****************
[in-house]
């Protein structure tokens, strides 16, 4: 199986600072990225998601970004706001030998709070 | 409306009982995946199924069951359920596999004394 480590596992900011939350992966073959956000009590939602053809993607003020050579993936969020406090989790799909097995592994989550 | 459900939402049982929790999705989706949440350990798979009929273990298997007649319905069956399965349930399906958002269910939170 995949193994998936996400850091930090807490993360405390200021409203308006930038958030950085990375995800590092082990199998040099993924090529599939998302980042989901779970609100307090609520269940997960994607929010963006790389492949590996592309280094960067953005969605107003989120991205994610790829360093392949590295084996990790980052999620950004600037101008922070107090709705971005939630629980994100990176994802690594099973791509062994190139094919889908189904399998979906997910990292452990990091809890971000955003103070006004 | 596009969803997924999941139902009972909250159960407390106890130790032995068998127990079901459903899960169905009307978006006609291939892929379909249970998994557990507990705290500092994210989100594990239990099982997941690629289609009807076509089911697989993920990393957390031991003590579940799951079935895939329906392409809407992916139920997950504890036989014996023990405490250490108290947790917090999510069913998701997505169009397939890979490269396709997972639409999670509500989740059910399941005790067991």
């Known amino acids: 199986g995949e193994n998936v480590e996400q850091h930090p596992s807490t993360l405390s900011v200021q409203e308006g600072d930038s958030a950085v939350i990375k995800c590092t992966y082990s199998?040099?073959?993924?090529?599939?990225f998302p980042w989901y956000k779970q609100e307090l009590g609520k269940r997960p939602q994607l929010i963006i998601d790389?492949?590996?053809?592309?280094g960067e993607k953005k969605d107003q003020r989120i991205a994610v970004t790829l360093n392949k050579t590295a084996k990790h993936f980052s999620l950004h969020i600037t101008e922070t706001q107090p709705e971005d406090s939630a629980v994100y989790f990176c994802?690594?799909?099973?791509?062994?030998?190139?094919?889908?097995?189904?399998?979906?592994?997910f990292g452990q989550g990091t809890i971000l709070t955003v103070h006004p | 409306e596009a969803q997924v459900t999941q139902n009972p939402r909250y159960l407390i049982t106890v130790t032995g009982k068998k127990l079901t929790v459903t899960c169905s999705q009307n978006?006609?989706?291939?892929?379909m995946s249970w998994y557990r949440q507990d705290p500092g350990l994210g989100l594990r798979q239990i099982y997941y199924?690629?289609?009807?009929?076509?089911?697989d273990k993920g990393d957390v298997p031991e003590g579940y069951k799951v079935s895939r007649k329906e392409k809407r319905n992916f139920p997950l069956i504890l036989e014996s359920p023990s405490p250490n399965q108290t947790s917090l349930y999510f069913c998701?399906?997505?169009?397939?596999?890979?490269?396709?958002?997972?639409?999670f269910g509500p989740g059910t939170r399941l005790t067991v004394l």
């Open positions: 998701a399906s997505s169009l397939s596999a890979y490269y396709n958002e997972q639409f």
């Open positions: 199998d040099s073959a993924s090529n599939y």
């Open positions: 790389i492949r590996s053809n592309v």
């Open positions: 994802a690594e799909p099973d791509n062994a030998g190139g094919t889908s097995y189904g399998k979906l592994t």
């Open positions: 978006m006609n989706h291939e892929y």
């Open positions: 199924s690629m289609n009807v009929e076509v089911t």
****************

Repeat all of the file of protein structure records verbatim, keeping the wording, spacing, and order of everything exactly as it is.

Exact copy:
[in-house]
């Protein structure tokens, strides 16, 4: 199986600072990225998601970004706001030998709070 | 409306009982995946199924069951359920596999004394 480590596992900011939350992966073959956000009590939602053809993607003020050579993936969020406090989790799909097995592994989550 | 459900939402049982929790999705989706949440350990798979009929273990298997007649319905069956399965349930399906958002269910939170 995949193994998936996400850091930090807490993360405390200021409203308006930038958030950085990375995800590092082990199998040099993924090529599939998302980042989901779970609100307090609520269940997960994607929010963006790389492949590996592309280094960067953005969605107003989120991205994610790829360093392949590295084996990790980052999620950004600037101008922070107090709705971005939630629980994100990176994802690594099973791509062994190139094919889908189904399998979906997910990292452990990091809890971000955003103070006004 | 596009969803997924999941139902009972909250159960407390106890130790032995068998127990079901459903899960169905009307978006006609291939892929379909249970998994557990507990705290500092994210989100594990239990099982997941690629289609009807076509089911697989993920990393957390031991003590579940799951079935895939329906392409809407992916139920997950504890036989014996023990405490250490108290947790917090999510069913998701997505169009397939890979490269396709997972639409999670509500989740059910399941005790067991």
């Known amino acids: 199986g995949e193994n998936v480590e996400q850091h930090p596992s807490t993360l405390s900011v200021q409203e308006g600072d930038s958030a950085v939350i990375k995800c590092t992966y082990s199998?040099?073959?993924?090529?599939?990225f998302p980042w989901y956000k779970q609100e307090l009590g609520k269940r997960p939602q994607l929010i963006i998601d790389?492949?590996?053809?592309?280094g960067e993607k953005k969605d107003q003020r989120i991205a994610v970004t790829l360093n392949k050579t590295a084996k990790h993936f980052s999620l950004h969020i600037t101008e922070t706001q107090p709705e971005d406090s939630a629980v994100y989790f990176c994802?690594?799909?099973?791509?062994?030998?190139?094919?889908?097995?189904?399998?979906?592994?997910f990292g452990q989550g990091t809890i971000l709070t955003v103070h006004p | 409306e596009a969803q997924v459900t999941q139902n009972p939402r909250y159960l407390i049982t106890v130790t032995g009982k068998k127990l079901t929790v459903t899960c169905s999705q009307n978006?006609?989706?291939?892929?379909m995946s249970w998994y557990r949440q507990d705290p500092g350990l994210g989100l594990r798979q239990i099982y997941y199924?690629?289609?009807?009929?076509?089911?697989d273990k993920g990393d957390v298997p031991e003590g579940y069951k799951v079935s895939r007649k329906e392409k809407r319905n992916f139920p997950l069956i504890l036989e014996s359920p023990s405490p250490n399965q108290t947790s917090l349930y999510f069913c998701?399906?997505?169009?397939?596999?890979?490269?396709?958002?997972?639409?999670f269910g509500p989740g059910t939170r399941l005790t067991v004394l």
């Open positions: 998701a399906s997505s169009l397939s596999a890979y490269y396709n958002e997972q639409f």
């Open positions: 199998d040099s073959a993924s090529n599939y």
């Open positions: 790389i492949r590996s053809n592309v």
């Open positions: 994802a690594e799909p099973d791509n062994a030998g190139g094919t889908s097995y189904g399998k979906l592994t």
């Open positions: 978006m006609n989706h291939e892929y």
């Open positions: 199924s690629m289609n009807v009929e076509v089911t």